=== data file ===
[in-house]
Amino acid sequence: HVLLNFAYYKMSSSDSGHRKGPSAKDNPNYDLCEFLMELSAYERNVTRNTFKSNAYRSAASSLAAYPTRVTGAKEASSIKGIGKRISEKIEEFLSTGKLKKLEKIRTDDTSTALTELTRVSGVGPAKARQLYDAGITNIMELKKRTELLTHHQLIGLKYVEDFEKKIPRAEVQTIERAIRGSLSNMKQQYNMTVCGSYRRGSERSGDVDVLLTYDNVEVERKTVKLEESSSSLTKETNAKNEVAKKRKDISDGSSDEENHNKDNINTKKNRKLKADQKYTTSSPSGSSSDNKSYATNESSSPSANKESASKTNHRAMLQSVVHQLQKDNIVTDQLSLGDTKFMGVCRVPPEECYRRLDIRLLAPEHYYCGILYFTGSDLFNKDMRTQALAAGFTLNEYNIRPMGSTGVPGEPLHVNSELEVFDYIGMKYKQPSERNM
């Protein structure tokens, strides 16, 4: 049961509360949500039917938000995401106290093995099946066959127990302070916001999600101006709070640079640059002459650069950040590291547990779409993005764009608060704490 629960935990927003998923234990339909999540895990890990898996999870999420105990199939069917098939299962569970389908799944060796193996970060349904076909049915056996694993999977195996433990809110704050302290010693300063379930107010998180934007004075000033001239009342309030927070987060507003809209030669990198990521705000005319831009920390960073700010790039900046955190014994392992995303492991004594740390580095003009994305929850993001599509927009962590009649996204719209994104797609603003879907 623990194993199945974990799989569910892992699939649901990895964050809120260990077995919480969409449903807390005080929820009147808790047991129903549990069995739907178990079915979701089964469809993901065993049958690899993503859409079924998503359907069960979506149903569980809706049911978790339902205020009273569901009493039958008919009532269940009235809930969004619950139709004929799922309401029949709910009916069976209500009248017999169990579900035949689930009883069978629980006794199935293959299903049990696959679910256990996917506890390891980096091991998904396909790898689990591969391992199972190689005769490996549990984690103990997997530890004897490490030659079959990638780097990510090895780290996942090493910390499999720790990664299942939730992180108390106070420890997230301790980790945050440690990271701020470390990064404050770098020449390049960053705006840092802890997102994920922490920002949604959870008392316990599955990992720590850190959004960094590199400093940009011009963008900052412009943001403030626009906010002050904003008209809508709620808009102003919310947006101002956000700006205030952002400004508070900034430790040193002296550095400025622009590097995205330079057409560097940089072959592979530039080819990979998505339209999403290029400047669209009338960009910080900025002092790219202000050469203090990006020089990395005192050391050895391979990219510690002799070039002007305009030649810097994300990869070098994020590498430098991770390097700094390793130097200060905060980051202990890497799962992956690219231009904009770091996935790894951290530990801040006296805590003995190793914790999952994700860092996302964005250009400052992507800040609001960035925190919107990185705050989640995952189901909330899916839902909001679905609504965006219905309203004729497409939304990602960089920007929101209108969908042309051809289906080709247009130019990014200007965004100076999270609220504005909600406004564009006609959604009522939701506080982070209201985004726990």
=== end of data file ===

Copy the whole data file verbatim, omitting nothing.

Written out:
[in-house]
Amino acid sequence: HVLLNFAYYKMSSSDSGHRKGPSAKDNPNYDLCEFLMELSAYERNVTRNTFKSNAYRSAASSLAAYPTRVTGAKEASSIKGIGKRISEKIEEFLSTGKLKKLEKIRTDDTSTALTELTRVSGVGPAKARQLYDAGITNIMELKKRTELLTHHQLIGLKYVEDFEKKIPRAEVQTIERAIRGSLSNMKQQYNMTVCGSYRRGSERSGDVDVLLTYDNVEVERKTVKLEESSSSLTKETNAKNEVAKKRKDISDGSSDEENHNKDNINTKKNRKLKADQKYTTSSPSGSSSDNKSYATNESSSPSANKESASKTNHRAMLQSVVHQLQKDNIVTDQLSLGDTKFMGVCRVPPEECYRRLDIRLLAPEHYYCGILYFTGSDLFNKDMRTQALAAGFTLNEYNIRPMGSTGVPGEPLHVNSELEVFDYIGMKYKQPSERNM
């Protein structure tokens, strides 16, 4: 049961509360949500039917938000995401106290093995099946066959127990302070916001999600101006709070640079640059002459650069950040590291547990779409993005764009608060704490 629960935990927003998923234990339909999540895990890990898996999870999420105990199939069917098939299962569970389908799944060796193996970060349904076909049915056996694993999977195996433990809110704050302290010693300063379930107010998180934007004075000033001239009342309030927070987060507003809209030669990198990521705000005319831009920390960073700010790039900046955190014994392992995303492991004594740390580095003009994305929850993001599509927009962590009649996204719209994104797609603003879907 623990194993199945974990799989569910892992699939649901990895964050809120260990077995919480969409449903807390005080929820009147808790047991129903549990069995739907178990079915979701089964469809993901065993049958690899993503859409079924998503359907069960979506149903569980809706049911978790339902205020009273569901009493039958008919009532269940009235809930969004619950139709004929799922309401029949709910009916069976209500009248017999169990579900035949689930009883069978629980006794199935293959299903049990696959679910256990996917506890390891980096091991998904396909790898689990591969391992199972190689005769490996549990984690103990997997530890004897490490030659079959990638780097990510090895780290996942090493910390499999720790990664299942939730992180108390106070420890997230301790980790945050440690990271701020470390990064404050770098020449390049960053705006840092802890997102994920922490920002949604959870008392316990599955990992720590850190959004960094590199400093940009011009963008900052412009943001403030626009906010002050904003008209809508709620808009102003919310947006101002956000700006205030952002400004508070900034430790040193002296550095400025622009590097995205330079057409560097940089072959592979530039080819990979998505339209999403290029400047669209009338960009910080900025002092790219202000050469203090990006020089990395005192050391050895391979990219510690002799070039002007305009030649810097994300990869070098994020590498430098991770390097700094390793130097200060905060980051202990890497799962992956690219231009904009770091996935790894951290530990801040006296805590003995190793914790999952994700860092996302964005250009400052992507800040609001960035925190919107990185705050989640995952189901909330899916839902909001679905609504965006219905309203004729497409939304990602960089920007929101209108969908042309051809289906080709247009130019990014200007965004100076999270609220504005909600406004564009006609959604009522939701506080982070209201985004726990």